Tuesday, April 19, 2016

Death with Dignity - Process Matters

DEATH WITH DIGNITY is a right, that should never have had to have been granted, but a right that is inherent in our humanness as determined by our ability to reason.  The Charter of Rights and Freedoms holds as equity millions of lives and more than 300 years of toil, it is a beautiful document, it should be respected.

The following is discourse on the functionality of Bill 14 legislation that would ensure people can exercise choice AND would ensure that DEATH WITH DIGNITY stays entirely in the hands of people. Our country is institutionalized and people tend to forget that Canada is in no way collective citizenry, but rather, a collection of individuals. Thankfully now, with the Charter of Rights and Freedoms, individuals have choice and the government is compelled to provide it absent any influence other than to administer “interface” between people.
The critical element in this legislation is that functionality builds a firewall between the state administering “treatment” and the choice to access DEATH WITH DIGNITY measures. The present DEATH WITH DIGNITY process as posited by Bill C 14 is dangerous in the extreme.

“PRIOR DIRECTIVES” are essential in administering DEATH WITH DIGNITY measures, while provisions are required for persons absent PRIOR DIRECTIVES; PRIOR DIRECTIVES need to be a part of the mix.  There are basically three management categories for people wanting DEATH WITH DIGNITY measures; PRIOR DIRECTIVE in place (no competency or competency in place), No PRIOR DIRECTIVE in place with competency and No PRIOR DIRECTIVE absent competency. 


PRIOR DIRECTIVES need to be managed in a manner that informs medical personnel of DEATH WITH DIGNITY triggers and measures, in and for actuation, in a standardized way and the fact that there is Prior Directive in place (as opposed to the "document" itself) and must be registered centrally.  In this way, if an event that removes mental competency occurs there are means in place to have people’s wishes attended to and all relevant family and or designates informed.

The Registry would contain the fact there is a PRIOR DIRECTIVE in place and contacts provided by the patient at the time they registered.  This facilitates strict privacy requirements AND allows for circumstance where people arrive to care absent mental competency to be cared for as they've directed.  The registry would be managed by the respective jurisdiction or it could be nationwide and managed co-cooperatively if various jurisdictions if agreed.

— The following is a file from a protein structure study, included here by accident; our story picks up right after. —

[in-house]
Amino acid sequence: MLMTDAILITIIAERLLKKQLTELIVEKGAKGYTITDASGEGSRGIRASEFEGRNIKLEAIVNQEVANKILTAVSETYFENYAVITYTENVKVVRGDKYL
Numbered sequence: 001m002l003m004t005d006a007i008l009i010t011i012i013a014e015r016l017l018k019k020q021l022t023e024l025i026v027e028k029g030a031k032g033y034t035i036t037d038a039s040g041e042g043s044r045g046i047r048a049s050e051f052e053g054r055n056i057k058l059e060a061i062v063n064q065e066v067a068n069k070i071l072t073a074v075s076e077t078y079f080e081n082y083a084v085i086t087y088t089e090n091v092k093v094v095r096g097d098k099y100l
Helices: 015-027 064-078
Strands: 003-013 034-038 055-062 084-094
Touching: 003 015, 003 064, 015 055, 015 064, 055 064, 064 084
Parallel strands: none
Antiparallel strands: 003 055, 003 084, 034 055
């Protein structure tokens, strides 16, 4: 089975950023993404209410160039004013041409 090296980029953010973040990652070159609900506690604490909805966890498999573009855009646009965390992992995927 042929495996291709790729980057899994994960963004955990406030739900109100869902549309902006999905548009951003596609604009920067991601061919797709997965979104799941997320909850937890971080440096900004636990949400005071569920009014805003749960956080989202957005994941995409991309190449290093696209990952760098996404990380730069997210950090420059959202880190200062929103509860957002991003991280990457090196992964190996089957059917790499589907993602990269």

People with PRIOR DIRECTIVES would have no requirement for court proceeding as the process precludes; an immediate assessment of choice, the application of institutional maleficence or other duress.


In the event a person wants to access DEATH WITH DIGNITY measures absent a Prior Directive and they have mental competency, then all the processes laid out in the present iteration of the legislation must be actuated PLUS, an expedited court process. The aforementioned registry could also serve as a gazette to notify people of pending court processes and requirements to notify next of kin must be in place. A special process measured in hours would require that a court process be initiated, announced via the gazette, reasonable effort to notify next of kin is made, opportunity for intervenors is provisioned and finally the order is provided. This order process would be similar to the “bench order process”: very quickly executed, no hearing required, unless next of kin offered objection or someone applied for intervenor status.

In the event that an individual enters care absent mental competency and absent a PRIOR DIRECTIVE, then all medically necessary measures to sustain life must be undertaken.

It must be emphasized that under no circumstance can state representatives of any kind in any number authorize the ending of life. The provision for two doctors’ opinions absent judicial oversight is sheer folly and obscenely irresponsible from the perspective of vulnerable populations and the possibility of measures being misdirected in some way.


People have the right to choose their own course in life and in managing life’s end, the state's only role here is to ensure that people’s wishes are attended to and facilitated, that interface between conflicted parties is managed and that the vulnerable are protected. Bill C 14 is failing on all counts. 
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